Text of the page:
Friday, July 16, 2010

Penn & Teller: The Wisest Men on the Planet?

Last night Rhys and I went to see Penn & Teller at the Hammersmith Odeon. It was so, so good. I love magic. And I love what Penn & Teller tell us about magic.

Magic is all about working very, very hard to create an illusion. The Cigarette piece is Teller losing and finding a cigarette, miraculously lit or unlit, in his hat, in his pocket. We are watching the impossible and it feels delightful. It feels good. You know what, I like that feeling. I am hungry for that feeling and that feeling is magic. I apologize for that last sentence which I feel would cause the Iowa Writers Conference severe nausea.

Then Teller does the same sequence from the other side. Penn talks you through the palm, the switch, the simulation, the steal, the misdirection, the ditch, the load and the French drop (a combination simulation and ditch). While he walked the audience at the Hammersmith Apollo through that last night, it didn't diminish the poetry of Teller's illusions, it enhanced it. It showed how difficult the switches and loads are in truly compelling magic. Difficult, but performed by humans. And that is Penn's, especially, searing message in this show. The magic is the feeling, the wonder. It is always a matter of steal, misdirection and loads.

At the end, Penn eats fire. So electric was this performance, by the way. I was reminded of the footage of Danny Kaye at the Palladium in the 1950's, a historic concert, where Kaye scandalised London by sitting on the edge of the stage speaking honestly about his life. I was reminded when Penn tells us about watching fire eaters when he was a kid at the circus. He says he knew he was different from other kids because of his reaction to watching people eat fire. To his peers, those people were freaks but to Penn those fire eaters were his instant confreres.

How brave to say that. And how especially brave to out yourself as a freak in London. This ain't Vegas, Penn, they don't feel the love so much here.The freak thing could get your visa denied here in a couple years.

Penn talked about the pain of the trick, and the devotion he had to it, and how it always, always hurts. He was saying perfectly true things about himself as clearly as he could. That was magic. I had a jolt of wonder and joy when Teller made a hundred goldfish appear in an empty bowl and I had maybe a bigger jolt of wonder and joy when Penn told the truth of his life. The parallel is art, right? Art or truth?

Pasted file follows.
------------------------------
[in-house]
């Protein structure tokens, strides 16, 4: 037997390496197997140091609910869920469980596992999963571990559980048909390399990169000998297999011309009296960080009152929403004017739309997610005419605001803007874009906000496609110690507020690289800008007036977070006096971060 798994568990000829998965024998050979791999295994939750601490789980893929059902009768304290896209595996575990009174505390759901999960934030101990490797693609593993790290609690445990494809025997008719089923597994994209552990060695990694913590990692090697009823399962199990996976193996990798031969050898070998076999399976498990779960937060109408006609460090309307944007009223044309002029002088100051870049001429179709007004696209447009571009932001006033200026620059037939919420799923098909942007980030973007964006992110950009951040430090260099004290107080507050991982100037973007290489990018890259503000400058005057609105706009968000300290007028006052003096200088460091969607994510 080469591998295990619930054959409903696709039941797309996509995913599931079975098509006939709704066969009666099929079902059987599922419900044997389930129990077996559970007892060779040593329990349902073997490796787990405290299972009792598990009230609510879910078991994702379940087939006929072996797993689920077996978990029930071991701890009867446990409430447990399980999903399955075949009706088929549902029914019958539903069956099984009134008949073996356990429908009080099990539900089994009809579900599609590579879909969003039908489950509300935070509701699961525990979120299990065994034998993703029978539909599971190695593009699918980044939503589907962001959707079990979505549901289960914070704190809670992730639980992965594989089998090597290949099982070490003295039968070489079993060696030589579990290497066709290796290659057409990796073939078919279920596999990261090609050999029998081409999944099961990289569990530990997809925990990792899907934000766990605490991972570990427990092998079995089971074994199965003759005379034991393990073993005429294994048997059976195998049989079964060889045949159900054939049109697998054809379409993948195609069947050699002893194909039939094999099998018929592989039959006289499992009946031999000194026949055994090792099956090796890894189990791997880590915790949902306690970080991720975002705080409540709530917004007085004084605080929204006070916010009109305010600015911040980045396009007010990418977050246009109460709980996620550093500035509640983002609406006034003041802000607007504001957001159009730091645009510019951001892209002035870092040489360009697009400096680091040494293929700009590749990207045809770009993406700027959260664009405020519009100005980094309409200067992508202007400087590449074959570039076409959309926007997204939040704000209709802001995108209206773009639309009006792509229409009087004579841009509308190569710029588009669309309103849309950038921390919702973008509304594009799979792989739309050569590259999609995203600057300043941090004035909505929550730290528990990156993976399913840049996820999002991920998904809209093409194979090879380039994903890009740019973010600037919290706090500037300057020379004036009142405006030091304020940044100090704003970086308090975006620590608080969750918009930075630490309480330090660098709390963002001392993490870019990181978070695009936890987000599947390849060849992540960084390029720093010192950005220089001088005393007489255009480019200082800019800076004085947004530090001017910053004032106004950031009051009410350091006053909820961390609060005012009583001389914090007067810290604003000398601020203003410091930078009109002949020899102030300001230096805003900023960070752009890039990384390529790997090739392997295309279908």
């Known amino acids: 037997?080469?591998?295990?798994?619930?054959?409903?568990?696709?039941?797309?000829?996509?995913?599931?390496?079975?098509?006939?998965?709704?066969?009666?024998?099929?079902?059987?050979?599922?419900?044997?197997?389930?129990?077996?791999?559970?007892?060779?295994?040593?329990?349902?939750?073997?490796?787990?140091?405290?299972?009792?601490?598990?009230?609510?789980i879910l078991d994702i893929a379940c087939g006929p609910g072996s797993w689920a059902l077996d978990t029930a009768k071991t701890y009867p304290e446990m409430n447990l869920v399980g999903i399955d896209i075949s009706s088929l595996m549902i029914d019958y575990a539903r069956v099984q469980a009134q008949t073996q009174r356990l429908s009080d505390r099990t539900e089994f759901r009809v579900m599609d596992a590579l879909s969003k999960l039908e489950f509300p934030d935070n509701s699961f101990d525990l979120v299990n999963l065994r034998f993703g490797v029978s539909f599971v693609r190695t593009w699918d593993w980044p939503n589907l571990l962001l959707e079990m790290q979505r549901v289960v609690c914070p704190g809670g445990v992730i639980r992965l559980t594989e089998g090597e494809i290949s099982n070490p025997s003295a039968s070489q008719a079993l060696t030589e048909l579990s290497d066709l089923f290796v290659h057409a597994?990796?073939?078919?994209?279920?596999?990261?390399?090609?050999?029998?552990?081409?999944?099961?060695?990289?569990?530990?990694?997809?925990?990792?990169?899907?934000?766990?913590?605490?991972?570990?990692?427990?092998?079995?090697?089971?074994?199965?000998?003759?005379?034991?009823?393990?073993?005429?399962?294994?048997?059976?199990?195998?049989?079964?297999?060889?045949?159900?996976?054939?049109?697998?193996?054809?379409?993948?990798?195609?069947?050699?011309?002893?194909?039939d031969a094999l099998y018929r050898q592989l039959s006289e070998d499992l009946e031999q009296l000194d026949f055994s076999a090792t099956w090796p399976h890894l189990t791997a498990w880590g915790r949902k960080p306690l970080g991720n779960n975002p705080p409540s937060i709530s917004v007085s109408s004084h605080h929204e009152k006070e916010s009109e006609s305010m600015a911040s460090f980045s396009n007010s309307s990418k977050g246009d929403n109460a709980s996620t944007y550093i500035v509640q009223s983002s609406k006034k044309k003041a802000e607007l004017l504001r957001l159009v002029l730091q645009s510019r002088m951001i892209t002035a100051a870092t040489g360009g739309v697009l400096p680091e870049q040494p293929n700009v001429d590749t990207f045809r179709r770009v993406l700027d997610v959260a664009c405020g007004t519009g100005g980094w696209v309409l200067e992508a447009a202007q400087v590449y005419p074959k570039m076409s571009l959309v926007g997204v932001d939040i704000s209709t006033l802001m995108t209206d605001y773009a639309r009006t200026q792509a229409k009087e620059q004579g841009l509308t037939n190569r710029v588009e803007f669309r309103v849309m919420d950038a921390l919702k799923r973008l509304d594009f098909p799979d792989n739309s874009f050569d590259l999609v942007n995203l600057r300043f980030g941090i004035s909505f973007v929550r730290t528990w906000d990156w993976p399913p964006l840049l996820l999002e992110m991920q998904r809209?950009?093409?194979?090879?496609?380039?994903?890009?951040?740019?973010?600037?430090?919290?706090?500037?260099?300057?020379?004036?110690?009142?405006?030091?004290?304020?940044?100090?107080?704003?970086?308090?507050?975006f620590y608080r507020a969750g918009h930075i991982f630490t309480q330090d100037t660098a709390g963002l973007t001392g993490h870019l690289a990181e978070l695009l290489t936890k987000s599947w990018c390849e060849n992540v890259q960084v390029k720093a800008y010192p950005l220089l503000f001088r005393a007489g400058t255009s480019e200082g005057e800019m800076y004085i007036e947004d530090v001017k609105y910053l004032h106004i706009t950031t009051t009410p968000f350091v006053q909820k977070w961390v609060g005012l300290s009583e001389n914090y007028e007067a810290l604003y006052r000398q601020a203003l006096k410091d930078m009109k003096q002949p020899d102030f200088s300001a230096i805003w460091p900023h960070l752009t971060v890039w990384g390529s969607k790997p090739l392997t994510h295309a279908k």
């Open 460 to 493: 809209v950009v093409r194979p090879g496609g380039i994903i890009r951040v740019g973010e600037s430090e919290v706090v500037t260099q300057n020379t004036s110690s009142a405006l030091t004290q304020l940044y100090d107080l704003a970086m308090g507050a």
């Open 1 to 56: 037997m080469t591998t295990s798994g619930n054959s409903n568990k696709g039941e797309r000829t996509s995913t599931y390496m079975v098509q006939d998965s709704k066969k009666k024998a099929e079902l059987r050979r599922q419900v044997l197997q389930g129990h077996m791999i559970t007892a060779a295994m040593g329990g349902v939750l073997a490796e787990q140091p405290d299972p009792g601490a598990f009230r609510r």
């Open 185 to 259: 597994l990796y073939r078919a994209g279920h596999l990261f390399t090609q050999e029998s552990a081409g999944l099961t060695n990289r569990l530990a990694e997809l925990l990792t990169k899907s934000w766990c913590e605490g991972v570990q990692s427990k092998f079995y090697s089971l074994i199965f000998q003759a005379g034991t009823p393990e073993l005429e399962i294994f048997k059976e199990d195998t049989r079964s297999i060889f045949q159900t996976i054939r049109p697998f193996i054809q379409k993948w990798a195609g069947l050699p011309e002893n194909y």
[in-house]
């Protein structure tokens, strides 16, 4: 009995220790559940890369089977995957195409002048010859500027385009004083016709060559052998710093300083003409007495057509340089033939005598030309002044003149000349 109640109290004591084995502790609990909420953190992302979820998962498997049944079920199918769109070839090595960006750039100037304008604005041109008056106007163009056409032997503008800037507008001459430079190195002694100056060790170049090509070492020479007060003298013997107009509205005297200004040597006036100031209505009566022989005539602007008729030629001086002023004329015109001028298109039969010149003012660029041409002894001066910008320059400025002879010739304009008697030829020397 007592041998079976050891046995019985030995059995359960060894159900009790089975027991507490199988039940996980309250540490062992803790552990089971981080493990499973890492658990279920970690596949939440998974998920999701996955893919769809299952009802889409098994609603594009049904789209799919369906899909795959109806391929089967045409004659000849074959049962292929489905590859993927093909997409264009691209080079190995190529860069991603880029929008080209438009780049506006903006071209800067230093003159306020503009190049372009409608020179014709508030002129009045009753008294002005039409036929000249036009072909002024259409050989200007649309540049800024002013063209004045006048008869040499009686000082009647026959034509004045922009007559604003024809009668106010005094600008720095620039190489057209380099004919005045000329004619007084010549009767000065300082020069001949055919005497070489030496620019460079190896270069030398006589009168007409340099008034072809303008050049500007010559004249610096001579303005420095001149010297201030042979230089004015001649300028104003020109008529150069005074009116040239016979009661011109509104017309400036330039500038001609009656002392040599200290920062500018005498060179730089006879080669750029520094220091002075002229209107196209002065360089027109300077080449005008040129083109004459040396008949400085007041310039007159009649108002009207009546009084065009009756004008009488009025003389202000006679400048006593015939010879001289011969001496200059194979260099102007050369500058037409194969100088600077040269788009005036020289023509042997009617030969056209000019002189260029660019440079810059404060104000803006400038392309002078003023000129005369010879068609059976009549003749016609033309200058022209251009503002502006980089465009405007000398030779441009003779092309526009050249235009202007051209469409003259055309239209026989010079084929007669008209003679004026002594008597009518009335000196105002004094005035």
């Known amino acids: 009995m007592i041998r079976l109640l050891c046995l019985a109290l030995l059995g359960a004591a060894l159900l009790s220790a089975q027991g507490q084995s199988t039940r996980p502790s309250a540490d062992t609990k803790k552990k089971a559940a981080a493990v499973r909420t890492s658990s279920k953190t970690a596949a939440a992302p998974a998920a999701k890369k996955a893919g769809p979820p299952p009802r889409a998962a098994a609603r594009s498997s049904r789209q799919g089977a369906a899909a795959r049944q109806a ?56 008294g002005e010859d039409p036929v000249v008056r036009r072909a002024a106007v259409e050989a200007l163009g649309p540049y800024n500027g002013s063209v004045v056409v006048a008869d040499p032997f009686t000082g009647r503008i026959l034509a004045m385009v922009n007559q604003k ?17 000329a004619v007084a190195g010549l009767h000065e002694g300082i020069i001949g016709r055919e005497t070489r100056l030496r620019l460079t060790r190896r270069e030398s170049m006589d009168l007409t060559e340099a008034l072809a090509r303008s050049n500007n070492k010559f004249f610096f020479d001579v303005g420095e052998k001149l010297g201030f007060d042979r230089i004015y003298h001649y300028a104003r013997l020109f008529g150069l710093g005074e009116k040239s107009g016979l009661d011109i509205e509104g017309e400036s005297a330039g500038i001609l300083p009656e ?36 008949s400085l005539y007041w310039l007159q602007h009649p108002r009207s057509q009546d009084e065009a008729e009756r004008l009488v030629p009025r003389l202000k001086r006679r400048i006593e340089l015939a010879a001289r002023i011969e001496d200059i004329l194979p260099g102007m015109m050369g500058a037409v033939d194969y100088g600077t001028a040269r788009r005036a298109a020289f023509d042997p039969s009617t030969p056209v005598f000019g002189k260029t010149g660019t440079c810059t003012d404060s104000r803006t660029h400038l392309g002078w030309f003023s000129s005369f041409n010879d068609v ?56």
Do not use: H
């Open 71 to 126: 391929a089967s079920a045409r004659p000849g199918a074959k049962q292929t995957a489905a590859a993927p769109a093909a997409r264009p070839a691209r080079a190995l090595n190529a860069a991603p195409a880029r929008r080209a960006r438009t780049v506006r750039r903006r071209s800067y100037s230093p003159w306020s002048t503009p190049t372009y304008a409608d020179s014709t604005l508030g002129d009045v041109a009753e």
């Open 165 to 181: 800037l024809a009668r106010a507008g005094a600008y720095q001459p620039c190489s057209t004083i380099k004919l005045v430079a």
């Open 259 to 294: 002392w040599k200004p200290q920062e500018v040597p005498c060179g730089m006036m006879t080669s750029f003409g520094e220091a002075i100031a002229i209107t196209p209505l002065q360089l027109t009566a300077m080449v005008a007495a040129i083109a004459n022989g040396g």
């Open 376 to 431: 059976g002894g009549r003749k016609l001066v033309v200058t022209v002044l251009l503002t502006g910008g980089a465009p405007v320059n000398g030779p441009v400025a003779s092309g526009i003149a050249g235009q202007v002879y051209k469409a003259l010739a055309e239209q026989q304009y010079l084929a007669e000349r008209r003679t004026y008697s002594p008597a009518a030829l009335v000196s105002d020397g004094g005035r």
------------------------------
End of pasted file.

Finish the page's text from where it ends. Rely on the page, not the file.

Instead of going to my ten year college reunion, I ended up in New York with a broken-hearted friend. She had a pain worse than unrequited love, she had almost not unrequited love. I came up from DC and we performed the traditional break-up best friend rituals: we watched Heartburn and The Way We Were (I still recommend this cure, actually). Before we turned on the movies, we posted her profile to match.com. By the time the movies were over, thirty promisingly photographed men had sent funny e-mails begging to correspond with her. That was good. But the best part was Saturday afternoon. While our classmates gathered in that West Chicago suburb, we went down to the East Village and saw a magic show in a dusty community center.

The magician was a man dressed homelessly. He made bubbles dance with each other in the air and then made the bubbles turn into butterflies as he told us of the joy of falling in love. And when he told of breaking up with his beloved, he swallowed needles. He retrieved them, tied together, the symbols of the damage to his heart. It was joyful. It was magic.

Magic makes you feel better. I am sure it's the shock to the neural networks of seeing the unexpected, I'm sure it's the increased load of synapses that fire as you watch looking for the palm, the switch, the simulation, the steal, the misdirection and the load. And on top of that, the magicians told us their secrets with an intimacy reserved for family and closest friends (Note to Penn: For English people, not even family and closest friends). Inspiring evening. As good as Mahler's Third, as good as The Pillowman or The Walworth Farce (ok, close to as good as those plays), as good as looking at Starry Night and dreaming of the Dr. Who Van Gogh.

We need more magic in this world and we need more magicians brave enough to tell us their secrets.

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